Carbost

Minginish - Carbost, Talisker Portnalong & Glenbrittle

Minginish is an area worthy of exploration. Do not be surprised if the locals look a little odd at first, on closer examination they will probably turn out to be “tattybogles” or scarecrows erected for the Minginish tattybogle festival. It is advisable to politely smile and say ‘good morning’ nonetheless as mistakes can be embarrassing.

Carbost is the largest settlement on the Minginish peninsula. It is best known for the Talisker distillery, which has dominated the wide valley since it was built in 1831. The distillery has an excellent visitor’s centre that is very popular. The village also has a hotel, a bunkhouse, shop, farm shop, café, Doctor’s surgery and post office.

Fiscavaig and Portnalong are townships on the Northern coast of Minginish. Their hills are low lying, their houses spread out and their sunset views are exquisite. The view over Loch Bracadale towards MacLeod’s maidens is enough to compel the most casual visitors to stay. There are various B&BS and Holiday cottages for rent, a backpackers’ hostel and a hotel for anyone so smitten.

Talisker bay is a beautiful spot. There is limited parking but once free from the car visitors are rewarded with a unique panorama. Basalt cliffs rise majestically on either side of the bay. The beach changes a lot after storms and the sands are not always visible but when exposed black and white sand form distinct patterns. A little inland Preshal Mor and Preshal Beg are two dome shaped hills that were formed at the same time as the Cuillins but are completely unlike any of the other hill shapes on Skye. Both resemble Arthur’s seat and the Giant’s Causeway because they are of similar columnar basalt. Dun Sleadale Broch is another fair weather attraction that you need to stretch your legs to reach but it’s worth the effort.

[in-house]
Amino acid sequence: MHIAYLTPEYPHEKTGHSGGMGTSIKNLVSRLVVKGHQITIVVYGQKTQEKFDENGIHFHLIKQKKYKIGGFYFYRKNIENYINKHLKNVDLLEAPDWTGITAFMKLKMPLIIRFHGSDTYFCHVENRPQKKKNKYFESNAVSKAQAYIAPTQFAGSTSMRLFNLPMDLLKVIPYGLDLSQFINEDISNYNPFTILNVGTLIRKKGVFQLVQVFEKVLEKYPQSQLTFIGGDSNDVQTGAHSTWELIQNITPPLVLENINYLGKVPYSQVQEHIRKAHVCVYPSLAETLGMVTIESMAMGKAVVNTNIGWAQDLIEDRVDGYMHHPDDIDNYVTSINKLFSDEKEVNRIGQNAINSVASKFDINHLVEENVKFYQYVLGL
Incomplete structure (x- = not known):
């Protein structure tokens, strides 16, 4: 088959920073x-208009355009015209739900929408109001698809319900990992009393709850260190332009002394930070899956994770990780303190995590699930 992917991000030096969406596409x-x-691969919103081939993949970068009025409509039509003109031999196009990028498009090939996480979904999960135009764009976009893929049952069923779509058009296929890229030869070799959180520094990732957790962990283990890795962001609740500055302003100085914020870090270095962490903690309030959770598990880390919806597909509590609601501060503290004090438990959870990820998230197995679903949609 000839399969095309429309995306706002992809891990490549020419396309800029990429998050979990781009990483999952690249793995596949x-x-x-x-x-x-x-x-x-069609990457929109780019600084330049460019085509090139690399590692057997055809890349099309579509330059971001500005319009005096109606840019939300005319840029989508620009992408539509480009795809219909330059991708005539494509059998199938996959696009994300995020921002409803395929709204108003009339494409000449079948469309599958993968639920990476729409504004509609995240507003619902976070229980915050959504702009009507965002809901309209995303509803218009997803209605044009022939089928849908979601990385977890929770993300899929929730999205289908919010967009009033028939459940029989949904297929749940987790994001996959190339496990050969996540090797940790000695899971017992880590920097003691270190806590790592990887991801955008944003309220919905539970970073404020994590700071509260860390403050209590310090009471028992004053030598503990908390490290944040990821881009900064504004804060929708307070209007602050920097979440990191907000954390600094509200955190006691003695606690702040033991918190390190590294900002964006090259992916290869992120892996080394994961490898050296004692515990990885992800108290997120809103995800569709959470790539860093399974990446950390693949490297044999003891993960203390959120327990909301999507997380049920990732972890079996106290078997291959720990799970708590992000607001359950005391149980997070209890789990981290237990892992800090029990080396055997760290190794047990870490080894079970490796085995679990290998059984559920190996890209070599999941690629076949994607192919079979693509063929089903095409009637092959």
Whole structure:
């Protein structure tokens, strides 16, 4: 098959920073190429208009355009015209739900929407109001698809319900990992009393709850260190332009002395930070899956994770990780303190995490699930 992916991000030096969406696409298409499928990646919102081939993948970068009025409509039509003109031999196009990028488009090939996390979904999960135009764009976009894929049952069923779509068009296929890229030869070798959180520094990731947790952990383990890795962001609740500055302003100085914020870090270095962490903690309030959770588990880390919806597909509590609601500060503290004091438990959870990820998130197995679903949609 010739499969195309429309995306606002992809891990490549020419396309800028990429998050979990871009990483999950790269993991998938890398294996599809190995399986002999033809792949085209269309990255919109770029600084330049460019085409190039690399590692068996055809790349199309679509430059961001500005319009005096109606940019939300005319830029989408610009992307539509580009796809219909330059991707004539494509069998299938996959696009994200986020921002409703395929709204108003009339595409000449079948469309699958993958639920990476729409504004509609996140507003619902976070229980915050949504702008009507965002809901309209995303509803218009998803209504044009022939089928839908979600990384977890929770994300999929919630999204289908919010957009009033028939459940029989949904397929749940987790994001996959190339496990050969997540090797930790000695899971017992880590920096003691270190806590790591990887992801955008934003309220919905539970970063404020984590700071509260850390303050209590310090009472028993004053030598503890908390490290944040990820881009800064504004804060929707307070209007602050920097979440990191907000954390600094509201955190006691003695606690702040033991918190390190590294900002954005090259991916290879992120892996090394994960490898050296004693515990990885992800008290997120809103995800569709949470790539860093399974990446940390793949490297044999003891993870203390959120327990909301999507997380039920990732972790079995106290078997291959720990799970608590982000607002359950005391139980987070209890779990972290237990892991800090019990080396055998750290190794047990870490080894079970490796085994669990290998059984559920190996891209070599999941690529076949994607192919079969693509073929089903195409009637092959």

To the far South of Minginish is the extraordinary Glenbrittle, a u-shaped glacial valley. At the end of the road, squeezed between the Cuillins and loch brittle is the award winning Glenbrittle campsite. Loch Brittle is wide and full and the beach at its head is generous and reliably sandy. The views to the West here show Canna and Rhum. SYHA have a youth Hostel here. It looks like the last building on earth but it is popular for its location. Walkers and climbers are drawn her like moths. The light that draws them is the majestic and menacing presence of the Cuillins and the harsh natural beauty they bring to the area.

As the river Brittle comes down from the lofty Cuillins it passes through a series of ethereal blue-green pools and waterfalls that are immensely popular for swimming. The fairy pools are worth travelling from anywhere in Skye for. The forestry commission have set up mountain bike trails running through Glenbrittle forest that can be accessed from the same carpark.